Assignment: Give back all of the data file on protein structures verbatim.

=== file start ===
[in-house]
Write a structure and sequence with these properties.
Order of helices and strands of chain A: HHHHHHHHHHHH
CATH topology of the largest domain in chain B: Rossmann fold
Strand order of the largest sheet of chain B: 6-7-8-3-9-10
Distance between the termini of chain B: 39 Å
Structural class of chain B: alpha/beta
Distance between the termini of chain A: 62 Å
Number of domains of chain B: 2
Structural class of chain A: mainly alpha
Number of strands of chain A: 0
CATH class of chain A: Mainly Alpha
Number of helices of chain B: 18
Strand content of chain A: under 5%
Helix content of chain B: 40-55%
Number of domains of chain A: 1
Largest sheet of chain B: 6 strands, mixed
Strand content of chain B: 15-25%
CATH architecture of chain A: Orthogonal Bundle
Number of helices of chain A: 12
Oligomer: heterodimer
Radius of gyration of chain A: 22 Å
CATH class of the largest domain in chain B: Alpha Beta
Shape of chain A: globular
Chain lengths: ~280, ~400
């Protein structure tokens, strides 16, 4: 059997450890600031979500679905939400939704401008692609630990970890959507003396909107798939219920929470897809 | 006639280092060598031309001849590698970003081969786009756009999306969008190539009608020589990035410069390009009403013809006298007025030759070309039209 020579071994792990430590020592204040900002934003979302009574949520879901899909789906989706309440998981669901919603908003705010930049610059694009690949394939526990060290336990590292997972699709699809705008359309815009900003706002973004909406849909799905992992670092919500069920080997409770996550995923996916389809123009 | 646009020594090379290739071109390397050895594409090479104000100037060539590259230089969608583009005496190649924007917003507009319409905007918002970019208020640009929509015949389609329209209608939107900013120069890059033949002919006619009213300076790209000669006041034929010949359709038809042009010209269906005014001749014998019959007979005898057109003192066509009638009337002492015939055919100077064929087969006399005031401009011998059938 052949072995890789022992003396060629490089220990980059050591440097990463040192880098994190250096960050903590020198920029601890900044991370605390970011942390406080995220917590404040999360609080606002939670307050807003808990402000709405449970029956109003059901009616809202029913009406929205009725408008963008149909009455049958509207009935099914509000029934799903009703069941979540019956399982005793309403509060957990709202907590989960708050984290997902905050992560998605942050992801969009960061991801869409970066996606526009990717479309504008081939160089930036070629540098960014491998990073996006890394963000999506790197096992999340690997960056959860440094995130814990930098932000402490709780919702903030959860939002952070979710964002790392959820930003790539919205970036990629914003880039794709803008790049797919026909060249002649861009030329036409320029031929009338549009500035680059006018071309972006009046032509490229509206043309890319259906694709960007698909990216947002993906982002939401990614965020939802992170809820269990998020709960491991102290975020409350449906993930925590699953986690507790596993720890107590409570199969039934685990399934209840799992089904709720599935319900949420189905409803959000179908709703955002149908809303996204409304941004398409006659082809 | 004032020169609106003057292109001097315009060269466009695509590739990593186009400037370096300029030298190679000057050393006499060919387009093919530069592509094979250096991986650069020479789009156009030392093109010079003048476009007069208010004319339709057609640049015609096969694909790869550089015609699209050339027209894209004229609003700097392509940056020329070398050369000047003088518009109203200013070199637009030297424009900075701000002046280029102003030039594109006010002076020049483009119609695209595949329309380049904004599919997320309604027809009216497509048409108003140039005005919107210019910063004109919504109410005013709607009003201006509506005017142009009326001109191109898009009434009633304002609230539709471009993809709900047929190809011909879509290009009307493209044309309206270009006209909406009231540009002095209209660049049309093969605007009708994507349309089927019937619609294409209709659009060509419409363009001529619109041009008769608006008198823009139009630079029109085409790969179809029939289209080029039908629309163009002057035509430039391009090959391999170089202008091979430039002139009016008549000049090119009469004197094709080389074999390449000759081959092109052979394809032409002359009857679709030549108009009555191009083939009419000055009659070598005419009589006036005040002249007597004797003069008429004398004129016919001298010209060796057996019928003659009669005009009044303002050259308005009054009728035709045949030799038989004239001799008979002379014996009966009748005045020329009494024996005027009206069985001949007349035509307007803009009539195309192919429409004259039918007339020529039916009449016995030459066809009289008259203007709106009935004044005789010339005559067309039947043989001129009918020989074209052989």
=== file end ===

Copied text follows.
[in-house]
Write a structure and sequence with these properties.
Order of helices and strands of chain A: HHHHHHHHHHHH
CATH topology of the largest domain in chain B: Rossmann fold
Strand order of the largest sheet of chain B: 6-7-8-3-9-10
Distance between the termini of chain B: 39 Å
Structural class of chain B: alpha/beta
Distance between the termini of chain A: 62 Å
Number of domains of chain B: 2
Structural class of chain A: mainly alpha
Number of strands of chain A: 0
CATH class of chain A: Mainly Alpha
Number of helices of chain B: 18
Strand content of chain A: under 5%
Helix content of chain B: 40-55%
Number of domains of chain A: 1
Largest sheet of chain B: 6 strands, mixed
Strand content of chain B: 15-25%
CATH architecture of chain A: Orthogonal Bundle
Number of helices of chain A: 12
Oligomer: heterodimer
Radius of gyration of chain A: 22 Å
CATH class of the largest domain in chain B: Alpha Beta
Shape of chain A: globular
Chain lengths: ~280, ~400
């Protein structure tokens, strides 16, 4: 059997450890600031979500679905939400939704401008692609630990970890959507003396909107798939219920929470897809 | 006639280092060598031309001849590698970003081969786009756009999306969008190539009608020589990035410069390009009403013809006298007025030759070309039209 020579071994792990430590020592204040900002934003979302009574949520879901899909789906989706309440998981669901919603908003705010930049610059694009690949394939526990060290336990590292997972699709699809705008359309815009900003706002973004909406849909799905992992670092919500069920080997409770996550995923996916389809123009 | 646009020594090379290739071109390397050895594409090479104000100037060539590259230089969608583009005496190649924007917003507009319409905007918002970019208020640009929509015949389609329209209608939107900013120069890059033949002919006619009213300076790209000669006041034929010949359709038809042009010209269906005014001749014998019959007979005898057109003192066509009638009337002492015939055919100077064929087969006399005031401009011998059938 052949072995890789022992003396060629490089220990980059050591440097990463040192880098994190250096960050903590020198920029601890900044991370605390970011942390406080995220917590404040999360609080606002939670307050807003808990402000709405449970029956109003059901009616809202029913009406929205009725408008963008149909009455049958509207009935099914509000029934799903009703069941979540019956399982005793309403509060957990709202907590989960708050984290997902905050992560998605942050992801969009960061991801869409970066996606526009990717479309504008081939160089930036070629540098960014491998990073996006890394963000999506790197096992999340690997960056959860440094995130814990930098932000402490709780919702903030959860939002952070979710964002790392959820930003790539919205970036990629914003880039794709803008790049797919026909060249002649861009030329036409320029031929009338549009500035680059006018071309972006009046032509490229509206043309890319259906694709960007698909990216947002993906982002939401990614965020939802992170809820269990998020709960491991102290975020409350449906993930925590699953986690507790596993720890107590409570199969039934685990399934209840799992089904709720599935319900949420189905409803959000179908709703955002149908809303996204409304941004398409006659082809 | 004032020169609106003057292109001097315009060269466009695509590739990593186009400037370096300029030298190679000057050393006499060919387009093919530069592509094979250096991986650069020479789009156009030392093109010079003048476009007069208010004319339709057609640049015609096969694909790869550089015609699209050339027209894209004229609003700097392509940056020329070398050369000047003088518009109203200013070199637009030297424009900075701000002046280029102003030039594109006010002076020049483009119609695209595949329309380049904004599919997320309604027809009216497509048409108003140039005005919107210019910063004109919504109410005013709607009003201006509506005017142009009326001109191109898009009434009633304002609230539709471009993809709900047929190809011909879509290009009307493209044309309206270009006209909406009231540009002095209209660049049309093969605007009708994507349309089927019937619609294409209709659009060509419409363009001529619109041009008769608006008198823009139009630079029109085409790969179809029939289209080029039908629309163009002057035509430039391009090959391999170089202008091979430039002139009016008549000049090119009469004197094709080389074999390449000759081959092109052979394809032409002359009857679709030549108009009555191009083939009419000055009659070598005419009589006036005040002249007597004797003069008429004398004129016919001298010209060796057996019928003659009669005009009044303002050259308005009054009728035709045949030799038989004239001799008979002379014996009966009748005045020329009494024996005027009206069985001949007349035509307007803009009539195309192919429409004259039918007339020529039916009449016995030459066809009289008259203007709106009935004044005789010339005559067309039947043989001129009918020989074209052989």